The reality of what we are dealing with, and the intimate link between our work and of our private lives has changed things. We are bringing our whole self to work, I even think it has been an equaliser. In the past I’ve had to work with balancing my children in work life from time to time, like when the kids have been sick, and my husband has supported us, as that role traditionally sits with a female role.  Right now this has been an equaliser, where both of us have had to lean in more, both juggling home/work and do the push and pull of that. For example, hubby and I have both scheduled time every day for home schooling.  It’s an honest dialogue.

4. What do you see as the main challenge that the HR function faces in the future? 

Internally: Technology challenges. 
Externally: The current legislative environment is unconducive to what we need.  We are becoming global citizens, mobility need is high, and the ability to do that in the current environment  is difficult – how you engage and employ people, awards of how that plays a part, it needs to catch up with were the world is going.  HR responding to that, being one as a company, to move people and engage people through different ways. People being employed by one company for 20 years will change.  The entrepreneurial mindset for a short term engagement, while protecting IP is a key part, as is, how to be nimble enough to build that into our people practises and technology to support that.  What we do in HR has a flow impact to our clients and vice versa so that we need to speak the same language both technological and through our people.

5. What key characteristics do you look for in HR professionals when recruiting for your team?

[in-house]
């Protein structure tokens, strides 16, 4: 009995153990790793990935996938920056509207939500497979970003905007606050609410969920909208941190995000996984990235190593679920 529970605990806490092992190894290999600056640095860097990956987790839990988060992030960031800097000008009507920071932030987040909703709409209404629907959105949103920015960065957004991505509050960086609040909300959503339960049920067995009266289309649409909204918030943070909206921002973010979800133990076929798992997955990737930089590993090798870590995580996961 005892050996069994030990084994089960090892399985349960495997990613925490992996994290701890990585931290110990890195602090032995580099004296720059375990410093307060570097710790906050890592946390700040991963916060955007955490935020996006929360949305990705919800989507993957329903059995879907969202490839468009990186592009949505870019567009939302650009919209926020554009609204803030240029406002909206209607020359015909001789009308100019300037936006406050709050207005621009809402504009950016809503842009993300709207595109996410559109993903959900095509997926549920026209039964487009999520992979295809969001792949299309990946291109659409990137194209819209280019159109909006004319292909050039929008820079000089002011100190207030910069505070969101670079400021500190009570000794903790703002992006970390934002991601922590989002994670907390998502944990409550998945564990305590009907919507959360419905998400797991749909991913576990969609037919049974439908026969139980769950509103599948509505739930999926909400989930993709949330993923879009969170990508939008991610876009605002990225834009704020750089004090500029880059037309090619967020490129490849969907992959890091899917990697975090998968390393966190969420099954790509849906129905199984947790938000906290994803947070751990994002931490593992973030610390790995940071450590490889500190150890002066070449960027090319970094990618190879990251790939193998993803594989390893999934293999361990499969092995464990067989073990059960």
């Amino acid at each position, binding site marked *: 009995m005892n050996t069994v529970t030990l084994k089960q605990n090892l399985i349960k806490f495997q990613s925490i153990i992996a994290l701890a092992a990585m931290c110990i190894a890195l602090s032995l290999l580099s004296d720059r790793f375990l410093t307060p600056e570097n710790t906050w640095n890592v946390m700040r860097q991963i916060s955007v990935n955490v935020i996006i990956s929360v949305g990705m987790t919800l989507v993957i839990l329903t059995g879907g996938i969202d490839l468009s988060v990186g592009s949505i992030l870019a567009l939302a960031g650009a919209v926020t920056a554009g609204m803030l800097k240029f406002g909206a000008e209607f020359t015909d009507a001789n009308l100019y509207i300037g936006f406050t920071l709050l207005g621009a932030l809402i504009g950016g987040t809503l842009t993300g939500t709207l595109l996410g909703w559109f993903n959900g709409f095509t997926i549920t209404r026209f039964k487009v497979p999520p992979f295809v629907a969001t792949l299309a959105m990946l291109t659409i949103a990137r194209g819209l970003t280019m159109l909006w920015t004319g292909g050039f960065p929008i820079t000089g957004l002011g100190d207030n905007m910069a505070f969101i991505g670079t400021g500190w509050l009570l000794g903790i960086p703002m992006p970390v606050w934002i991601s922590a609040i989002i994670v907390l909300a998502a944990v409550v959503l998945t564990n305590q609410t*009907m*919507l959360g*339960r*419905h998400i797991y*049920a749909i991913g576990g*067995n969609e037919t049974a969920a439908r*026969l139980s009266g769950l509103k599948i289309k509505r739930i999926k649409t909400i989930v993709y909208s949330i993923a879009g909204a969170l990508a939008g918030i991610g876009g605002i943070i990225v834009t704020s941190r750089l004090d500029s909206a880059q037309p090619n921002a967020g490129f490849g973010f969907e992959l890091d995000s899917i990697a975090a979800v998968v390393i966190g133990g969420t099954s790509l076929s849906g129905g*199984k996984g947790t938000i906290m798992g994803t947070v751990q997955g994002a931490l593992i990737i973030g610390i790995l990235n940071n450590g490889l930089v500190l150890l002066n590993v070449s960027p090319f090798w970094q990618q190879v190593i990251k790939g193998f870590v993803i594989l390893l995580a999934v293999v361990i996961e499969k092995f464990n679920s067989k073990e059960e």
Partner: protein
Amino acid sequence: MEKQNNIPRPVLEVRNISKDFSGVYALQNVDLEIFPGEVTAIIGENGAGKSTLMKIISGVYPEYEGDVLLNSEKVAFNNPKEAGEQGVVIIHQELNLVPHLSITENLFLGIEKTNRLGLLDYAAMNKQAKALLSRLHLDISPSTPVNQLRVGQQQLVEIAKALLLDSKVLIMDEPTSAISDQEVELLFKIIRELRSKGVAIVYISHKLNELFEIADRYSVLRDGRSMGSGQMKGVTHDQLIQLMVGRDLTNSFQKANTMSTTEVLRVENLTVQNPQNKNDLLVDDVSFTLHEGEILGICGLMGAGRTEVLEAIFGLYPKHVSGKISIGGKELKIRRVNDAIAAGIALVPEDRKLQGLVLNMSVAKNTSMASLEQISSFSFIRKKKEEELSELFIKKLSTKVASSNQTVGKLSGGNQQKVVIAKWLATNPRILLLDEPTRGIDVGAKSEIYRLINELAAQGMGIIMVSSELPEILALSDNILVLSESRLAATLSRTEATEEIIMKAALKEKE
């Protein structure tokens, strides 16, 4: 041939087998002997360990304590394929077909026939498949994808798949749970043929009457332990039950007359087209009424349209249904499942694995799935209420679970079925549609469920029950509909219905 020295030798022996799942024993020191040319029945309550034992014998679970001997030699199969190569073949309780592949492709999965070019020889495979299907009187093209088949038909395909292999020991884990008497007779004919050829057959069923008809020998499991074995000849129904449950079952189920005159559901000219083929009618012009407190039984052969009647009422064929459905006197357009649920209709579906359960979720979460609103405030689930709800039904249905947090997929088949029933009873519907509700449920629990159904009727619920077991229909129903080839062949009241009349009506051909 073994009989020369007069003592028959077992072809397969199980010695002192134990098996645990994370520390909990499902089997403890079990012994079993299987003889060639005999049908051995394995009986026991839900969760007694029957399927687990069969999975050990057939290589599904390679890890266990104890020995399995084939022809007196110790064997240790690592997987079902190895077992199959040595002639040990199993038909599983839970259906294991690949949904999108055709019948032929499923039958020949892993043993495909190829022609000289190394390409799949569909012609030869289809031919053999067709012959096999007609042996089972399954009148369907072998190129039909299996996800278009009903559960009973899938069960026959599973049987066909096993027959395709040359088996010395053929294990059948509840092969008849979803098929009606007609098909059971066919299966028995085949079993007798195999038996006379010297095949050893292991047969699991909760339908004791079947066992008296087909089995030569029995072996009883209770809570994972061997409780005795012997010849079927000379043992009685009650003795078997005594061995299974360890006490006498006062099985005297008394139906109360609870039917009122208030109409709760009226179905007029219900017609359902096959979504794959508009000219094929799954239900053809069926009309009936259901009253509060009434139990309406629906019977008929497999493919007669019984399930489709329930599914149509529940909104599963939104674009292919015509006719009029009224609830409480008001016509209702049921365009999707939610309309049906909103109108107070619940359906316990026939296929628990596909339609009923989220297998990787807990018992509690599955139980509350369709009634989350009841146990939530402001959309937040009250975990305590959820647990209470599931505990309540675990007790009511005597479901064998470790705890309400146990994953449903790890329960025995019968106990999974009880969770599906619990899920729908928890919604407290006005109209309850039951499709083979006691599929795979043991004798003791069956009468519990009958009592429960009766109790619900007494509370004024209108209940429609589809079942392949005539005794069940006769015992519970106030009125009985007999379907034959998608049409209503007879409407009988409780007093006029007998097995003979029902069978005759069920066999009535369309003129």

Flexibility, courage and resilience are key for me.

6. What is the best career advice you have ever been given?

Make sure you do what makes you happy, and if not, change!  I don’t mean that there aren’t moments in your role that are difficult and we don’t always enjoy, and learning can sometimes be quite confronting. However, if you aren’t happy, you aren’t doing anyone any favours mostly yourself.

7. What keeps you in HR?

I absolutely love the team I work with, part of, and the people I’m around. I feel I can make a difference in what I do and have a positive impact for my team and the organisation. A day in HR is never the same and I really love solving complex challenges, and people challenges often are.

Silje Hilden Barningham
Country head of HR – Australia and New Zealand


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  • 08/05/2020 Brett
    Really like the "whole self" comment and agree the current situation has re-defined the lines between personal and professional life. How many kids and animals have we all met in the last 6 weeks that were not part of the script.
  • 08/05/2020 Shelie
    Glad you are in the a Jacobs team! You and your colleagues are great partners to the business and making a difference every day!